• Join over 1.2 million students every month
  • Accelerate your learning by 29%
  • Unlimited access from just £6.99 per month
  1. 1
  2. 2
  3. 3
  4. 4
  5. 5
  6. 6
  7. 7
  8. 8
  9. 9
  10. 10
  11. 11
  12. 12
  13. 13
  14. 14
  15. 15
  16. 16
  17. 17
  18. 18
  19. 19
  20. 20
  21. 21
  22. 22
  23. 23
  24. 24
  25. 25
  26. 26
  27. 27
  28. 28
  29. 29

Stress in the Workplace : Why Is it Important to Deal with It?

Extracts from this document...


Stress in the Workplace : Why Is it Important to Deal with It? Stress is a part of the tapestry of work. Few people have not experienced the frantic irritation of being overwhelmed when they are drained of physical and mental energy to meet a deadline or make a presentation to a group of trainees. As people are different, stress that may intimidate one person can invigorate and challenge another. What seems to matter is whether the individual in the stressful situation believes that they have the resources to cope, to maintain a sense of control. This is particularly so with adults who have a developed sense of their own autonomy and may explain why so often people do not seek help until they are on the brink of a 'stress breakdown'. The problem is that when it's easier to salvage, people are soldiering on and are not so willing to talk about it. This trend is supported by Workcover statistics that show stress claims are on the rise and those most at risk are people working in professional and semi-professional ranks. Stress costs more than $50 million and accounted for 5.4 % of overall claims in 1998-99, compared with 2.7% 10 years earlier. The upward trend has continued despite a tightening of the eligibility criteria in 1994-95 that stipulated that work had to be a significant factor in the complaint, rather than aspects of the worker's personal life. Stress overload can flare during a crisis - even a welcome circumstance such as getting a promotion, or less dramatically, it can creep into the bones of someone who is exhausted by weeks, months or even years of being overloaded. "Too much stress can lead a person to become anxious and extreme stress can wear down even the most resilient person to the point where they develop an actual problem with anxiety. When someone is in a severe situation and are unable to escape or get support, they can cross the line." ...read more.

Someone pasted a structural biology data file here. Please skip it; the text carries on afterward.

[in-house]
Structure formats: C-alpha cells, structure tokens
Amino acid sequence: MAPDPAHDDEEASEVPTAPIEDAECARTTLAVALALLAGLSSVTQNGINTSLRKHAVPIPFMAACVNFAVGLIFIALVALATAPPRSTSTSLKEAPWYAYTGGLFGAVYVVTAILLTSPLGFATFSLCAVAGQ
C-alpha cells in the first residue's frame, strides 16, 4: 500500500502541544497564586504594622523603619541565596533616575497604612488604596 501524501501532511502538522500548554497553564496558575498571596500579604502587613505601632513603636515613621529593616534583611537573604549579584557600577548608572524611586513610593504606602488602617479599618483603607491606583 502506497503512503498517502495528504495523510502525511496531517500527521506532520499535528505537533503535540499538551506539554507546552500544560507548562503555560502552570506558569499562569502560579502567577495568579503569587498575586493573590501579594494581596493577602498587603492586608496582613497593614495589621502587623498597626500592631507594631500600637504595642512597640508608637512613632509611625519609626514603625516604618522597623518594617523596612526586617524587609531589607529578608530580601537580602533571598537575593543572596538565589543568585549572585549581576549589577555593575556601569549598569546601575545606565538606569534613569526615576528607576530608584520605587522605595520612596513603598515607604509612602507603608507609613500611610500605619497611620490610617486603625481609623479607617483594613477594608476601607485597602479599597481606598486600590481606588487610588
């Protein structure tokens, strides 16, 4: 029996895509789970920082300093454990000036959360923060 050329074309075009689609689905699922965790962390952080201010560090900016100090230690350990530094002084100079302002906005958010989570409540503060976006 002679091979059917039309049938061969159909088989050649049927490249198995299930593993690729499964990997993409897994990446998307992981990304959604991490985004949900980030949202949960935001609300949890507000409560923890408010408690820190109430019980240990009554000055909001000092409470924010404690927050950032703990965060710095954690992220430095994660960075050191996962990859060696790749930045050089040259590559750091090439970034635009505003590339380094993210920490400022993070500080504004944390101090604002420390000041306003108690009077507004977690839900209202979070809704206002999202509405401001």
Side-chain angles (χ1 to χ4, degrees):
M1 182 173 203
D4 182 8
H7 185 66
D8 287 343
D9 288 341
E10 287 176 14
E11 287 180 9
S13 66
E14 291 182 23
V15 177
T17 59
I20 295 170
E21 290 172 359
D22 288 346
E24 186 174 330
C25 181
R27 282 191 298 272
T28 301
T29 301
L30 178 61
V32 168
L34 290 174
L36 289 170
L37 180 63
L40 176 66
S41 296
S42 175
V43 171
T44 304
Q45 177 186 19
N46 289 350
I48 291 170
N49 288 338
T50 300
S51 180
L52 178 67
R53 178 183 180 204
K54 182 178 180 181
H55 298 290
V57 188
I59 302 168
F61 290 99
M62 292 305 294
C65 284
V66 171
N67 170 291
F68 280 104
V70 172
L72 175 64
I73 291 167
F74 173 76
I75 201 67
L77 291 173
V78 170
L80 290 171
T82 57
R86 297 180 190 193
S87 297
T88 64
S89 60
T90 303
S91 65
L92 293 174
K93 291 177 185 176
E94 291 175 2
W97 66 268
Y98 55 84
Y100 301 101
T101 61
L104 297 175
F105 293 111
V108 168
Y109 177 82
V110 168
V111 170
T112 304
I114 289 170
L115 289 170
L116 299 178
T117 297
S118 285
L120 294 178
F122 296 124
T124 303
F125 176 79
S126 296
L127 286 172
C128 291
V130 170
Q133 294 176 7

who were employed in jobs where they felt they felt more control. OVERHEADS AND TALK NOTES TRAINING SESSION NO: 2 . FIRST OF ALL WHAT IS STRESS AND WHY ARE YOU HERE. BECAUSE YOU ARE ALL IN CHARGE OF STAFF AT XYZ LIMITED & OVER THE PAST 12 MONTHS THERE HAS BEEN A DRAMATIC INCREASE IN RESIGNATIONS AND ABSENTEEISM. (O/H 1: WORKPLACE STATS) . WHAT IS STRESS ? 10 minutes max Because of the complexity of modern life where we all play several roles - mother, worker, wife, friend - so we all have competing deadlines to meet - and so we all end up being a bit 'stressed out' like poor old Minnie when we have so many things to do we just get swept along (O/H 2: MINNIE ON BOOK) . But stress is more than having a headache or being tired Stress at times can become debilitating and even threaten your life or career. Taken to the extreme worst case scenario stressors can accumulate until we can't cope anymore - feel debilitated to the point where we become so anxious we cannot function like poor little mousie (O/H 3: MOUSIE DOWN WELL) Have you heard of the flight or fight response ? This is a good way to think about stress and stress management. It seems a bit simple but it helps explain where stress comes from - (O/H 4 - MEN FIGHTING BEARS) - The stress response is when our nervous systems rev up and alert us to danger. It is our body's attempt to cope - to maintain control when threatened. "Stress is usually created by a perceived threat to physical or psychological well-being and is increased with the feeling of helplessness" (Pfister, 1994, p.17). What we call the flight or fight response, is your response to fight the beastie bear or flee. And fight or flight reflects your body's stress reaction. ...read more.